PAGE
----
Change in transformation and gender equality in tourism will deliver economic growth. We find out more with Lindiwe Sangweni-Siddo, COO of City Lodge Hotel Group, Chair of TTCSA (Tourism Transformation Council of SA), and Show Ambassador for
Writer: Lindiwe Sangweni-Siddo
DRIVING THE HOSPITALITY INDUSTRY’S ECONOMIC RECOVERY
Everyone who’s anyone in the hospitality sector already knew how important the domestic market was to the economy before the COVID-19 pandemic. But this reality was magnified many times for businesses, government, and individuals in South Africa. When the pandemic struck, it was the domestic business and leisure markets – especially the latter which struggled to shake off lockdown cabin fever – that actually saved and revived the tourism sector when it was on its knees.
This suggests that as we look forward to a post-pandemic country, we need to recognise that for the tourism footprint to expand – as it must – new products that are culturally attractive, diverse, and owned and managed by black people, must be incorporated into the market. It clearly follows that domestic tourists will feel a greater affinity to products that are accessible and inviting to them.
The Tourism Transformation Charter, developed by the Tourism Transformation Council of SA (TTCSA), which I have the privilege of chairing, acknowledges that our industry is characterised by large disparities in accessing opportunities and benefits, due mainly to the predominance of white ownership along the value chain of the tourism sector.
To share some background for context, in November 2015, the Amended Tourism BBBEE Sector Code developed by the TTCSA in consultation with stakeholders was published in the Government Gazette, in order to advance transformation and provide a basis for monitoring transformation in the sector.
The TTCSA takes the following elements into account when addressing transformation – ownership, management control, skills development, enterprise and supplier development, and social economic development. Here’s a snapshot of some of the results of research on the State of Transformation commissioned by the TTCSA that tell a story:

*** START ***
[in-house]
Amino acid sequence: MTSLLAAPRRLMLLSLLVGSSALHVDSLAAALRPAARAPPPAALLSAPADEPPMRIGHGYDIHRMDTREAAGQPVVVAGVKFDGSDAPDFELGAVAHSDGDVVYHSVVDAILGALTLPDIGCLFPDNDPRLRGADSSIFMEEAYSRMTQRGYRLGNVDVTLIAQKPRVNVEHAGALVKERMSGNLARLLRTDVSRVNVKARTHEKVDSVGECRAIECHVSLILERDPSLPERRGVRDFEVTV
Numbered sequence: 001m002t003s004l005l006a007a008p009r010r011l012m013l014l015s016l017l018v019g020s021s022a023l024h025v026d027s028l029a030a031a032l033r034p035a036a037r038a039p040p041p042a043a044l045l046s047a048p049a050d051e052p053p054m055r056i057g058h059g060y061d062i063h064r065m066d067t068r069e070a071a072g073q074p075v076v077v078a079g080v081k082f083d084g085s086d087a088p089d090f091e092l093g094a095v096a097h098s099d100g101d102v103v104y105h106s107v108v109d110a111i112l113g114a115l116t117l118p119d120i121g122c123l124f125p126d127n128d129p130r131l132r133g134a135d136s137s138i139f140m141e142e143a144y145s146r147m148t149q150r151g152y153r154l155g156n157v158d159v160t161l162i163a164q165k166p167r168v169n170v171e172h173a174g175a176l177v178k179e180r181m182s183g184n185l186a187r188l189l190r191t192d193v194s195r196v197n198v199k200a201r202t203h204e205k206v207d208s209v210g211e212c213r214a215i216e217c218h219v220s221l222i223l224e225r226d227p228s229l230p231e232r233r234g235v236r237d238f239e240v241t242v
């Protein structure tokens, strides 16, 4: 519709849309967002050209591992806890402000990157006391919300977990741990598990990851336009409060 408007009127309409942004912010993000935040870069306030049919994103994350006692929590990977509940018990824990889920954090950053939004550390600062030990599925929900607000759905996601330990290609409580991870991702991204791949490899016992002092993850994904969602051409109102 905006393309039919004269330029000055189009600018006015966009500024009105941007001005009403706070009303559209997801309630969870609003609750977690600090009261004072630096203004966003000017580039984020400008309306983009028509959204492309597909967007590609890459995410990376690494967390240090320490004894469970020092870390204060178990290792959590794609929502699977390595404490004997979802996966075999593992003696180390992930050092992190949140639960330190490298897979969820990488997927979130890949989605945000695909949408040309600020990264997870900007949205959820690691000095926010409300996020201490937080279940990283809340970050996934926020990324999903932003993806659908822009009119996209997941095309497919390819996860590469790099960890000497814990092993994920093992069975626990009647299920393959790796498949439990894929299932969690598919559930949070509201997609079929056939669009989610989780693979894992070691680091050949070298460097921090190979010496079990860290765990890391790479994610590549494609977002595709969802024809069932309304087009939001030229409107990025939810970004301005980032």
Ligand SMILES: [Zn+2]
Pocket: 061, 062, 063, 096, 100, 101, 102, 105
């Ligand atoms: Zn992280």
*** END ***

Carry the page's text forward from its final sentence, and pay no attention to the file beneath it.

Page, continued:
• Under ownership in the old code, 10 percent of large enterprises achieved the target for women ownership and another five percent were making some progress, while 85 percent of large enterprises had not complied with the women ownership target.
• Under the new code, enterprises are required to comply with 30 percent of exercised voting rights, but it was found that 85 percent of enterprises failed to meet the target, and 48 percent were only striving towards getting those rights.
• Under management control in the old code, all enterprises across all bands were required to achieve 50 percent of black board members, executive directors and senior top management using adjusted recognition of gender. Only 12 percent of large enterprises had achieved the 50 percent target, while four percent had achieved the 25 percent target for black female directorship.
• 40 percent of large enterprises had achieved the target of 63 percent for black middle/junior management and about 20 percent of these had achieved the 32.5 percent target for black female middle/junior management.
• In terms of the new code, the exercisable voting rights of black people has a 50 percent target, but it was found that only 29 percent of large enterprises managed to reach that goal, while 71 percent failed or made no effort.
There’s more that can be included here, but information on the Tourism Charter can be found here.
BRING WOMEN INTO BOARDROOMS
These few statistics show that there’s much work to be done by everyone to speed up the pace of change in both gender equity and transformation in order to grow our domestic tourism market sustainably, while also creating jobs and boosting the overall economy of South Africa.
The absence of black women around boardroom tables and in senior executive management circles is conspicuous, even though women form the core of the tourism sector’s workforce.
This means that when ideas are shared and decisions made, they’re done from a predominantly white male perspective, because that’s who’s dominating the sector’s ownership structures. Women bring a different perspective to an environment, and it could be that the innovation and differences in approaching problem-solving may exclude women to the detriment of the growth of organisations.
The market will also expand when the complexion of the consumers of tourism transforms from the stereotypical white tourist, to a much more diverse traveller.
EXPAND THE MARKET
Women can play a bigger role in ensuring the market is expanded and grown to the extent that an untapped cohort of travellers who would typically not have travelled in the past, would now do so.
We’re also aware of young black millennials (age 26 to 41) who love travelling and trying out new experiences. They use products that give them the new experiences they yearn for, and they’re very conscious of the elements of the transformation, which means that often their buying decisions are made on the basis of whether the business is transformed or not.
We can choose to work together to make South African tourism a bigger, better, and more equitable economic driver to the benefit of us all.
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